A union raid is when a challenger or outsider union tries to take over the membership base of an existing incumbent union, typically through a union raid election in the United States and Canada.

Union raids have been criticized by the labor movement because they promote rivalry between unions and direct resources away from organizing the non-unionized workforce in the United States and Canada, a majority of the total workforce.[1]

History

Raids can be informal through campaigning and or soliciting an incumbent union's members or more direct by an outsider union calling for a decertification election in a bid to take over an incumbent union's membership. Between 1975 and 1989 over 1,414 multi-union raid elections were documented by the NLRB in the United States.[2] In Canada, official data on scale and success of union raids is limited to the Federal government and the province of British Columbia. A research study on Ontario, Canada's most populous province, found 1,046 multi-union raids elections between 1975 and 2003, with 181 raids attributed to the Canadian Auto Workers and SEIU Healthcare raids over the years 2001–2002.[3]

United Electrical Workers

After the Taft-Hartley Act in 1947, a number of union raid elections were enacted by the CIO;[note 1] against the recently expelled left-wing union affiliates, accounting for almost half of all union raids in the year 1950.[4] The majority of these raids were between the expelled United Electrical Workers and the newly formed anti communist CIO affiliate International Union of Electrical Workers.[note 2] It is debated whether they should be considered union raids. Many union locals were effectively voting on which faction of the split "United Electric Workers" they wanted to affiliate with.[4]

No raid agreements

Raiding by the AFL affiliated Teamsters union was such a serious issue that it prompted the trade union centers AFL,[note 1] and CIO, who had attempted to sign a no-raid agreement for years, to finally negotiate and implement such a pact in December 1953.[5] Initially Teamsters president Beck refused to sign the agreement and threatened to withdraw the Teamsters from the AFL if forced to adhere to it.[6] Three months after the pact was signed, the Teamsters agreed to submit to the terms of the no-raid agreement.[7] Shortly thereafter, the AFL adopted Article 20 of its constitution, which forbade its member unions from raiding one another.[8]

In 1968 the Alliance for Labor Action made up of the United Auto Workers and the Teamsters,[note 3] offered the AFL–CIO a no-raid pact as a first step toward building a working relationship between the competing trade union centers, but the offer was rejected.

Since 1992, the AFL–CIO constitution has contained a clause inside Article XX forbidding union raids among its affiliates with various remedies for resolving inter-union conflict.[10][11]

Notes

  1. ^ a b In 1955 the AFL and CIO merged to form the AFL–CIO
  2. ^ Today the IUF is affiliated with Communications Workers of America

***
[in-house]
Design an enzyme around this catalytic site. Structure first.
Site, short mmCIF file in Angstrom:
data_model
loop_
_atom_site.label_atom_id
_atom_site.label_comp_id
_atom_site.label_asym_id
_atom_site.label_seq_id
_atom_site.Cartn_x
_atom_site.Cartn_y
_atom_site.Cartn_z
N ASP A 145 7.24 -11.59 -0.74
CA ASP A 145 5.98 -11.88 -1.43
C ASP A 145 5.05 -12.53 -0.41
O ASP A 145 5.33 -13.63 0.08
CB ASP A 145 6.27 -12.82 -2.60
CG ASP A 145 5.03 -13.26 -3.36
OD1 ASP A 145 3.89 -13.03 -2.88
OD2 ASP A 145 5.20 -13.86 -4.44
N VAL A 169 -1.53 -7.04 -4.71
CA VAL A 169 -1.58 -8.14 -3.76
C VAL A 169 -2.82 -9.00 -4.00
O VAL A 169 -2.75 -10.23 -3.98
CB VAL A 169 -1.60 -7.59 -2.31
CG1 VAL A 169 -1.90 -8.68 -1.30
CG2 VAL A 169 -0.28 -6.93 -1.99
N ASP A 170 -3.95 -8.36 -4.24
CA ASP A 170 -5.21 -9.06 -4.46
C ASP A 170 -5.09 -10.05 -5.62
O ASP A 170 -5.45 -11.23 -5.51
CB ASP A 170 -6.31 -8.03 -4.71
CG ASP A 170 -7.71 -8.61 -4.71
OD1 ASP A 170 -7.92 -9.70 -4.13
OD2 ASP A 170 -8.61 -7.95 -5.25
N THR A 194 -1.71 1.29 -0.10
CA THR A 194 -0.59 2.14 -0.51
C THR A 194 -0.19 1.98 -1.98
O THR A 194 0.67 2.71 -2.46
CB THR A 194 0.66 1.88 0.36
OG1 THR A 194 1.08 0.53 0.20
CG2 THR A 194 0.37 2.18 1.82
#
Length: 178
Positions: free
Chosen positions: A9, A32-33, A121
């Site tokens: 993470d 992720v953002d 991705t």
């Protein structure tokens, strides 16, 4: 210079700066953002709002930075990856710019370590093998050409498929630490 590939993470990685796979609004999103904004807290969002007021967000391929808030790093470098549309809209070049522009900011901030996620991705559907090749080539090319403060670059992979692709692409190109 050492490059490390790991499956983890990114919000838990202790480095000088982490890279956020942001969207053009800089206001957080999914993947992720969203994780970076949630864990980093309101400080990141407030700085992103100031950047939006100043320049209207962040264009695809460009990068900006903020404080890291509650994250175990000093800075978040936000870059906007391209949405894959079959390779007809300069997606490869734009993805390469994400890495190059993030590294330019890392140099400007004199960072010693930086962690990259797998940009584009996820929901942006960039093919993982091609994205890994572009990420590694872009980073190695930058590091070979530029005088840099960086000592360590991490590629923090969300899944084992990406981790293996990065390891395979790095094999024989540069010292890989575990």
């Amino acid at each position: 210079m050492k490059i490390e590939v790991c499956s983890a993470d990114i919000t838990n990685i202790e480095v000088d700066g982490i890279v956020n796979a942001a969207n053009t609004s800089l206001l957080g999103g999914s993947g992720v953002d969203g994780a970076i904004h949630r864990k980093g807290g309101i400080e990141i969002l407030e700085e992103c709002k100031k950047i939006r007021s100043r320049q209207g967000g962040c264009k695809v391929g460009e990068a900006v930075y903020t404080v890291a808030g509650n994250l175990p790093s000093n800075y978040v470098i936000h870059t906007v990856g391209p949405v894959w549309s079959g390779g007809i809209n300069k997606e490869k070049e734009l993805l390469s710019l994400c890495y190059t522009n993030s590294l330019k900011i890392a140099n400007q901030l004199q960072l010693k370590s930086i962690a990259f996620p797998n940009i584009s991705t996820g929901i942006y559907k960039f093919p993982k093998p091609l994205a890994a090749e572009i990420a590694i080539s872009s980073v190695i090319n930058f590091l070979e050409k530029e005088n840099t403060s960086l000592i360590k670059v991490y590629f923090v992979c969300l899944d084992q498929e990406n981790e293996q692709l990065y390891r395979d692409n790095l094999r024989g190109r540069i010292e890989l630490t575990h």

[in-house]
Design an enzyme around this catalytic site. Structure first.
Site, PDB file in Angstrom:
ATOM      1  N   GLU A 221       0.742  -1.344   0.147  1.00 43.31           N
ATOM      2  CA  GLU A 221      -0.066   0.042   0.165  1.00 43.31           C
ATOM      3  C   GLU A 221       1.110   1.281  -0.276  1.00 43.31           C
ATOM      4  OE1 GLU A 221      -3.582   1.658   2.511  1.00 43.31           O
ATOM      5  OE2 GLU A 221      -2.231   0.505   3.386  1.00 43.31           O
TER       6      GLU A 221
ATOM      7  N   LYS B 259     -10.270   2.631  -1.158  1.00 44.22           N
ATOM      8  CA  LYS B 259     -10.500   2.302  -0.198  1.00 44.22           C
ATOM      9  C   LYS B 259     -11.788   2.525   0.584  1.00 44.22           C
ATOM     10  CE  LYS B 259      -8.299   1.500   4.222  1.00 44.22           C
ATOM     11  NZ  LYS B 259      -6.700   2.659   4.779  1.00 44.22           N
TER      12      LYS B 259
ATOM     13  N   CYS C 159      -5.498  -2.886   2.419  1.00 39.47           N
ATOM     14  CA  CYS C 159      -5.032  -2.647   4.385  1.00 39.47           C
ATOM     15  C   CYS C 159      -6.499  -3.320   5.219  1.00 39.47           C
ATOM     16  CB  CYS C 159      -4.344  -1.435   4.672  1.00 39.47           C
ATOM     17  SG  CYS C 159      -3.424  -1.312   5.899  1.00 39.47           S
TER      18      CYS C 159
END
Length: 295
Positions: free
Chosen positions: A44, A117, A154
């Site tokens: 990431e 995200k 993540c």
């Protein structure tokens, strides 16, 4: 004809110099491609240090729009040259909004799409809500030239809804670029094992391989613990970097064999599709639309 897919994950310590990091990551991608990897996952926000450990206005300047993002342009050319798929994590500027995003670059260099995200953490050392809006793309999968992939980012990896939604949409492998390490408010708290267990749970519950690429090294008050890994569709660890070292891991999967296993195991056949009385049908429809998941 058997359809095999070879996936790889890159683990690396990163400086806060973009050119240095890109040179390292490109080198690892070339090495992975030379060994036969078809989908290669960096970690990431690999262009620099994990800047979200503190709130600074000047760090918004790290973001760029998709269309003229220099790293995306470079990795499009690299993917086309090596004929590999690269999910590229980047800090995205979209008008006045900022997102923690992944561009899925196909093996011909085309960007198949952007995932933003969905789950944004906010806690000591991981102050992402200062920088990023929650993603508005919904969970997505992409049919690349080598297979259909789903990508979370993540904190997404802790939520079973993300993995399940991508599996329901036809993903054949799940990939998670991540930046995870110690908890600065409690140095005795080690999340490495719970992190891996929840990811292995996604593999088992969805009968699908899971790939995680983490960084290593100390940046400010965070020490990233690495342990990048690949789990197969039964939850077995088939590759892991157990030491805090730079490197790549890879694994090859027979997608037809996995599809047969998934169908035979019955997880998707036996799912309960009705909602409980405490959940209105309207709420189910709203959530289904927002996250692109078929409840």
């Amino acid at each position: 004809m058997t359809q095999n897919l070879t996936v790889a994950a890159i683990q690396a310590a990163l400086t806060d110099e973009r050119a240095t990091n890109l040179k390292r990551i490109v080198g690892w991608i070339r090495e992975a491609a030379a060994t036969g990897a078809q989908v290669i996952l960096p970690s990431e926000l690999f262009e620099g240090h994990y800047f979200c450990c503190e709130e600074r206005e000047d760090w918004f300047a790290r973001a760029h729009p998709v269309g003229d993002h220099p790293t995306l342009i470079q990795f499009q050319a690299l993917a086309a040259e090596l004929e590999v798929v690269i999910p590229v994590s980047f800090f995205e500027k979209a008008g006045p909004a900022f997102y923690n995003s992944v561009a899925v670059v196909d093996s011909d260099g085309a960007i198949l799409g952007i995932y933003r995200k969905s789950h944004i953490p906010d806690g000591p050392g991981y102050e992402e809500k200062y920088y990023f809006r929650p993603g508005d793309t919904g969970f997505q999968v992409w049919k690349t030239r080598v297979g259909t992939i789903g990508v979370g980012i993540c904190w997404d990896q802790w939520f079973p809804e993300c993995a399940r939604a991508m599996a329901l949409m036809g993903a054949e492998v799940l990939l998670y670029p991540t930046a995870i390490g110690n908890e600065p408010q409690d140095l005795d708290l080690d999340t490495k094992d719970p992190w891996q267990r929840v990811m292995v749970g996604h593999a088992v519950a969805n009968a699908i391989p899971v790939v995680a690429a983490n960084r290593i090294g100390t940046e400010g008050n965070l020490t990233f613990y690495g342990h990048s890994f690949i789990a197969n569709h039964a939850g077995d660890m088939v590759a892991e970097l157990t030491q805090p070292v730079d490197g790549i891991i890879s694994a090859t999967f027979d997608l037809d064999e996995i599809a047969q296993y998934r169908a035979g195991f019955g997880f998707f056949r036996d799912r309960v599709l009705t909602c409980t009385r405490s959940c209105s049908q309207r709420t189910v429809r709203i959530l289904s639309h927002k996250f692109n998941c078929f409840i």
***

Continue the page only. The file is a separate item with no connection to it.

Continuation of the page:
3. ^ In 1956 Teamsters was ejected by the newly merged AFL-CIO due to corruption scandals.[9]

References

  1. ^ Scott, Clyde; Arnold, Edwin; Odewahn, Charles (1992-12-01). "Raid Elections: Another Problems for Unions?". Public Personnel Management. 21 (4): 555–564. doi:10.1177/009102609202100410. S2CID 154102330.
  2. ^ Arnold, Edwin; Scott, Clyde; Rasp, John (April 1, 1992). "The Determinants of Incumbent Union Victory in Raid Elections". Labor Law Journal. 43 (4): 221 – via ProQuest.
  3. ^ Bartkiw, Timothy J.; Martinello, Felice (2005). "Union Raiding and Organizing in Ontario". Relations Industrielles / Industrial Relations. 60 (2): 273–295. ISSN 0034-379X.
  4. ^ a b Krislov, Joseph (1955). "The Extent and Trends of Raiding among American Unions". The Quarterly Journal of Economics. 69 (1): 145–152. doi:10.2307/1884855. ISSN 0033-5533. JSTOR 1884855.
  5. ^ Raskin, "A. F. L. Drafts Plan for Ban on Raiding," The New York Times, December 11, 1953; Loftus, "Labor Still Seeks Union Raiding Ban," The New York Times, December 15, 1953; Loftus, "A.F.L. and C.I.O. Sign No-Raiding Accord," The New York Times, December 17, 1953.
  6. ^ Raskin, "Teamsters Gird for A.F.L. Battle," The New York Times, February 14, 1954; Raskin, "Teamsters Reject No-Raid Pact," The New York Times, February 19, 1954; Raskin, "Beck Hints Move to End A.F.L. Tie," The New York Times, February 20, 1954; Raskin, "Beck Bars No-Raiding Pact," The New York Times, February 21, 1954.
  7. ^ Raskin, "Plan to Aid Peace in A.F.L. Advances," The New York Times, May 14, 1954; Raskin, "Labor Unity Pacts Sealed By Unions," The New York Times, May 15, 1954; Loftus, "Unions Will Sign Non-Raiding Pact," The New York Times, June 7, 1954; "94 Unions Accept No-Raiding Pact," The New York Times, June 10, 1954.
  8. ^ Levey, "Union Raiding Ban Drafted By A.F.L.," The New York Times, August 14, 1954.
  9. ^ Raskin, "Teamsters Facing Meany Showdown," The New York Times. April 7, 1956.
  10. ^ Petruska, Brian (2003-01-01). "Choosing Competition: A Proposal to Modify Article XX of the AFL-CIO Constitution". Hofstra Labor & Employment Law Journal. 21 (1).
  11. ^ Vaughn, Lea (1990-01-01). "Article XX of the AFL-CIO Constitution: Managing and Resolving Inter-Union Disputes". Wayne Law Review. 37: 1.